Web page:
The Resurgence Of Aaron Harang


Usually when a 35-year-old MLB pitcher goes 5-12 with a 5.40 ERA, that man never becomes a 36-year-old MLB pitcher. After being released by the Indians before the season, it looks like that was going to hold true for Aaron Harang. But thanks to a series of unfortunately injuries to the Braves, Harang got a call a week before opening day and signed for a measly $1 million to be Atlanta’s fifth starter.

One month later, and it’s nearly unfathomable that the 6’7″ hurler was almost watching this season from his couch.

Through four starts, Harang has an incredible 0.85 ERA which has led to a 3-1 record. He’s taken a no-hitter into the seventh inning twice, and he might have gone the distance with one if it didn’t take him 121 pitches to get that far. He’s thrown 31.2 innings and only given up 15 hits. Opponents have mustered a measly .237 OBP, but even more impressive is the minuscule .171 slugging percentage. That’s right, Harang has only given up 3 extra base hits, with all of them being doubles.

I could break down every stat detailing strikeout to walk ratios, the percentage of ground balls he’s getting or first pitch strikes he’s thrown, but there’s really one stat that sums up his season better than any other: Until this season, no pitcher has given up 1 or less runs in their first 5 starts of a season while going more than six innings in each start1. The last guy to do it?  Three-time Cy Young Award winner Pedro Martinez. Guess who did it this season? That’s right, a guy who was previously 110-116 in his career – Aaron Harang.

The biggest reason for Harang’s success may be the fact that he’s dominated the best hitters in every matchup so far. The cleanup hitters he’s faced are only batting 0.77 with no extra base hits and no RBIs. Batters in the #3 slot have been just as bad, with only one hit and one walk all season (though that hit did result in an RBI). Leadoff hitters have only managed a .214 OBP and have scored zero runs. When a pitcher is that good against those three slots, there’s little hope for the rest of the order to do much of anything.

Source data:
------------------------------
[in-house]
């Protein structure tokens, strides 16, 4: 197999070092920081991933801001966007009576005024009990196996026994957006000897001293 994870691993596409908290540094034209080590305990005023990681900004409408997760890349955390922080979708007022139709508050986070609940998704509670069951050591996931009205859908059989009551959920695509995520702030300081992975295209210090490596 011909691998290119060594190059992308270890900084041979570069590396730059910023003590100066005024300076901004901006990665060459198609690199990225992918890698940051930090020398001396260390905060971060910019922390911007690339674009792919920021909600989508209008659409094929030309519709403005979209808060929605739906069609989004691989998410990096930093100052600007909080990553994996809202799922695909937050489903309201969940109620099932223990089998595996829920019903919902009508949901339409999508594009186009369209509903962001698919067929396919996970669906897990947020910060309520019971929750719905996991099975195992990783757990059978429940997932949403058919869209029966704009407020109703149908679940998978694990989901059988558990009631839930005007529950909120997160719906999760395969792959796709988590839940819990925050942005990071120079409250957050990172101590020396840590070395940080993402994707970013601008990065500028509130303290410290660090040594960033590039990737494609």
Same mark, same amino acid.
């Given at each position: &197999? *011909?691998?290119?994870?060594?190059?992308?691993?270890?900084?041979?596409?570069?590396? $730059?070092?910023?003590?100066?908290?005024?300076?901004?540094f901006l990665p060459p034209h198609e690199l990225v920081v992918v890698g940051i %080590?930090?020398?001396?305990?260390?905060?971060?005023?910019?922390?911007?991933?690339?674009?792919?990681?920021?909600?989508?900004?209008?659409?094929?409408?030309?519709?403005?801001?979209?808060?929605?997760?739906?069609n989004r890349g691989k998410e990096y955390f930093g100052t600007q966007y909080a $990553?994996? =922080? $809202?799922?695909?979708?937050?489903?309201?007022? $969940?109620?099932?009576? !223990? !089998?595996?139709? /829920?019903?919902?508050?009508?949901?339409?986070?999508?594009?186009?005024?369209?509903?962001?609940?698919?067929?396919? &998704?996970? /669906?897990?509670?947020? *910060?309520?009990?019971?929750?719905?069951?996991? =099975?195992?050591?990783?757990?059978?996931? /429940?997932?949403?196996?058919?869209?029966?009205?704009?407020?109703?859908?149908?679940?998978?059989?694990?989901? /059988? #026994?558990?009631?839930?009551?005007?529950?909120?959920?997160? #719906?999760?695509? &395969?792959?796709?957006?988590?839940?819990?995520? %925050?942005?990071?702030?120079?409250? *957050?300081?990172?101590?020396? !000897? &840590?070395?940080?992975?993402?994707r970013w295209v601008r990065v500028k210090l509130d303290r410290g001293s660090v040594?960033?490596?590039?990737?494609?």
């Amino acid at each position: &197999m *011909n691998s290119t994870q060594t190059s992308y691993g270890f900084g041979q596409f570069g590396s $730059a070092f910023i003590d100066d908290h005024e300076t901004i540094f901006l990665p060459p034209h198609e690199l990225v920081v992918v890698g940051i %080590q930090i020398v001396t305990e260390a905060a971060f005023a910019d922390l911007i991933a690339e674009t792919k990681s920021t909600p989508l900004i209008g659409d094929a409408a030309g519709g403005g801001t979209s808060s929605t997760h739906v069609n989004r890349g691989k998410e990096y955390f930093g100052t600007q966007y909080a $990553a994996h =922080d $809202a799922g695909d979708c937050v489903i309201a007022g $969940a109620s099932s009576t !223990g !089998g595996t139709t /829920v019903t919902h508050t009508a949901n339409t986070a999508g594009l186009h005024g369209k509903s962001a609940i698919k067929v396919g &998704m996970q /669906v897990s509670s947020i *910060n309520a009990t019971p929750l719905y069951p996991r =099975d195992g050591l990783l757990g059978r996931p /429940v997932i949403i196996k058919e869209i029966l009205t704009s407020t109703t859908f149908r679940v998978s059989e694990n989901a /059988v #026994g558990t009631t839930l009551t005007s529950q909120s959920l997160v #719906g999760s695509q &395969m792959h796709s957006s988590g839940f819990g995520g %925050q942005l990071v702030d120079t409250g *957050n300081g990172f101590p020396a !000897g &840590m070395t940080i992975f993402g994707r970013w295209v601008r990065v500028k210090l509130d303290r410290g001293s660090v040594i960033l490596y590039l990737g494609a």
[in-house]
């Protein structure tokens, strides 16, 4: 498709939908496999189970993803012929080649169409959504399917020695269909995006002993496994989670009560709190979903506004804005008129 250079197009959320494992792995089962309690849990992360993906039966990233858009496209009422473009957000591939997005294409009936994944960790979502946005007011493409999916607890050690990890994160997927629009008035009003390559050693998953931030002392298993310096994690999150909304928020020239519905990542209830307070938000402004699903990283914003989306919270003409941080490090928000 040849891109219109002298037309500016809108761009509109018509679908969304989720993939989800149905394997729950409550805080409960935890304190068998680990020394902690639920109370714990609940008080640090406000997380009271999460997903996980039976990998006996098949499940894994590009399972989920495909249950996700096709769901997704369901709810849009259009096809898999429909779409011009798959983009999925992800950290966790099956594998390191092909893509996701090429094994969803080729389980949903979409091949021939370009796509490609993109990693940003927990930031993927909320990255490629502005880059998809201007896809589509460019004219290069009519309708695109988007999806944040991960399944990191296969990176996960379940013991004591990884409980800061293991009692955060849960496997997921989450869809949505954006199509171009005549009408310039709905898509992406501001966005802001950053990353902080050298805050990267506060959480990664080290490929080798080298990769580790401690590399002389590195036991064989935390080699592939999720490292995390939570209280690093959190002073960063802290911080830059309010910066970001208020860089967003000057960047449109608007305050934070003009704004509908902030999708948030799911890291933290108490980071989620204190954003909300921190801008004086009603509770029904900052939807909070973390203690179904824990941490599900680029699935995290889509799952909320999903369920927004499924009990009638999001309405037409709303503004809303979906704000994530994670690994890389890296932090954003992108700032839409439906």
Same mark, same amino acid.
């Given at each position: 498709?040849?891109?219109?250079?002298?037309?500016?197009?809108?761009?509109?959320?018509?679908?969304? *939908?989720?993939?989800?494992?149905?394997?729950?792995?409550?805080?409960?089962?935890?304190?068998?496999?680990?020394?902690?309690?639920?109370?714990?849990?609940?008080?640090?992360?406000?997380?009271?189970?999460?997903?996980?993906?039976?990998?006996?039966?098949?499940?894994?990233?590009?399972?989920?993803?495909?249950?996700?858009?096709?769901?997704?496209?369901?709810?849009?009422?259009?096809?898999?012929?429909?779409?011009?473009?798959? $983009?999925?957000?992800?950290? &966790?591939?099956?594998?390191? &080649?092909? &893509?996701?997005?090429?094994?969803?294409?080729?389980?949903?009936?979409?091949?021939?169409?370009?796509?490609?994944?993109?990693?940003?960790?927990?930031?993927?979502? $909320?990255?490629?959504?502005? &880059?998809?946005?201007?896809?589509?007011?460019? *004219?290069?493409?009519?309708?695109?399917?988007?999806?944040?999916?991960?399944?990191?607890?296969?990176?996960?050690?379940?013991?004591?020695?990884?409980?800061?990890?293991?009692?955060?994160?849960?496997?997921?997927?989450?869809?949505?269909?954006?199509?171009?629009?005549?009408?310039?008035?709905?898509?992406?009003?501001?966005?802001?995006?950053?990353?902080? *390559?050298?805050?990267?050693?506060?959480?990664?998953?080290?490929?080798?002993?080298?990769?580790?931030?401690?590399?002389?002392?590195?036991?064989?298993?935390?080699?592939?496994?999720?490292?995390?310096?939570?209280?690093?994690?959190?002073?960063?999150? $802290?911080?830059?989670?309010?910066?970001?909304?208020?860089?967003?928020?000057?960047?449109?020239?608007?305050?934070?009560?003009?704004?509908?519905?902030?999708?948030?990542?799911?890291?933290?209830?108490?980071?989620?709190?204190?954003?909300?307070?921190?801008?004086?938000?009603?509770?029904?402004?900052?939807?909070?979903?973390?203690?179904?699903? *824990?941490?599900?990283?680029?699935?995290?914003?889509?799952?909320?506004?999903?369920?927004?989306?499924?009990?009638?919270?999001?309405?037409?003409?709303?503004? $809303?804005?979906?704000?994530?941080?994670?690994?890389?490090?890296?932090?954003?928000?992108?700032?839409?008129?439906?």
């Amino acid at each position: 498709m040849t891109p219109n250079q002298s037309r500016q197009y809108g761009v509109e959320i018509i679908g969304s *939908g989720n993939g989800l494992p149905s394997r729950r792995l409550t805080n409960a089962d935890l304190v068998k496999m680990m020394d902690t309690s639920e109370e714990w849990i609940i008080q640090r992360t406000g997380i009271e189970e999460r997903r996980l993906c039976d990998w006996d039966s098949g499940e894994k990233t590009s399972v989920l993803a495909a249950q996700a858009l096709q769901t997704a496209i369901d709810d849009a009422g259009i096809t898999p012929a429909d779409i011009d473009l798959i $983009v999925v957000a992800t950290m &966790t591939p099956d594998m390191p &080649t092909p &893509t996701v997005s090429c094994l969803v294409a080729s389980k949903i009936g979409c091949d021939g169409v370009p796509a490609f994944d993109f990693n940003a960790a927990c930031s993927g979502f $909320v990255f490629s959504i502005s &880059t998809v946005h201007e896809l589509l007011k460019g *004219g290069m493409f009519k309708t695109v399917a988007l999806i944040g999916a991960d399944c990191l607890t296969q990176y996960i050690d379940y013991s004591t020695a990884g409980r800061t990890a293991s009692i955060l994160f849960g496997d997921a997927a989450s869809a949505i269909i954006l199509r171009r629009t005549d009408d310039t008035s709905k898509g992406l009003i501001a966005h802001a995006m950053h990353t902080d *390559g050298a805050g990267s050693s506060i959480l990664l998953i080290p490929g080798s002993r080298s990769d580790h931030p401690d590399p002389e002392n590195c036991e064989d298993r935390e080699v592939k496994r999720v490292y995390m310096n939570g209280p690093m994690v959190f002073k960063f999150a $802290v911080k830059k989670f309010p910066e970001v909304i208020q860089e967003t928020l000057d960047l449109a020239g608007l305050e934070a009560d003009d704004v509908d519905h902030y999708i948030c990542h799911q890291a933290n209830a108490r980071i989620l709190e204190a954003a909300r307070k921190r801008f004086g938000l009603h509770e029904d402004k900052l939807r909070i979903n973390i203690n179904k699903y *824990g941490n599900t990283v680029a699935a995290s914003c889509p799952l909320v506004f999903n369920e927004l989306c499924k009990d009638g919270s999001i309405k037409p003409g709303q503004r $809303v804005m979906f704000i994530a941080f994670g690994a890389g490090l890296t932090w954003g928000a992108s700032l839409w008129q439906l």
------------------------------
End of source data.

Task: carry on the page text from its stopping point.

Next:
It isn’t just Harang who’s dominating hitters, but really the entire Atlanta rotation, which is a major reason why they’re leading the NL East. This is a rotation that was supposed to struggle due to injuries to three projected starters (Mike Minor, Kris Medlen, Brandon Beachy). Instead, in 22 games, only two of the starting pitchers have given up more than two earned runs. The team is leading the league in ERA (2.19), quality starts (18) and is second in WHIP (1.11). Granted, the pitchers are helped along by the Braves’ top-notch defense (only one position player has more than two errors), but there’s still something special happening on the mound.

I’d say there’s little chance that Harang’s season keeps going as well as it has so far (if he does end up with a 0.85 ERA, something’s gone drastically wrong with MLB hitters), but it’s still been remarkable to watch so far and I certainly don’t see his numbers inflating to the +5 ERA that he finished last season with. He’ll face a challenge in his next start against the Miami Marlins, who are 8th in the league in runs scored, but there’s really no reason why he can’t mow his way through that lineup as well. Regardless of how long he’s able to keep this dominant pitching up, Frank Wren’s got to be glad he Harang.


About the author: Alex Lowe

A former college athlete in a sport that no one cared about, Alex now spends most of his days being a furiously biased Bulls and Braves fan. When he's not busy with that, he still imagines his 5'7" self making an improbable rise to NBA stardom.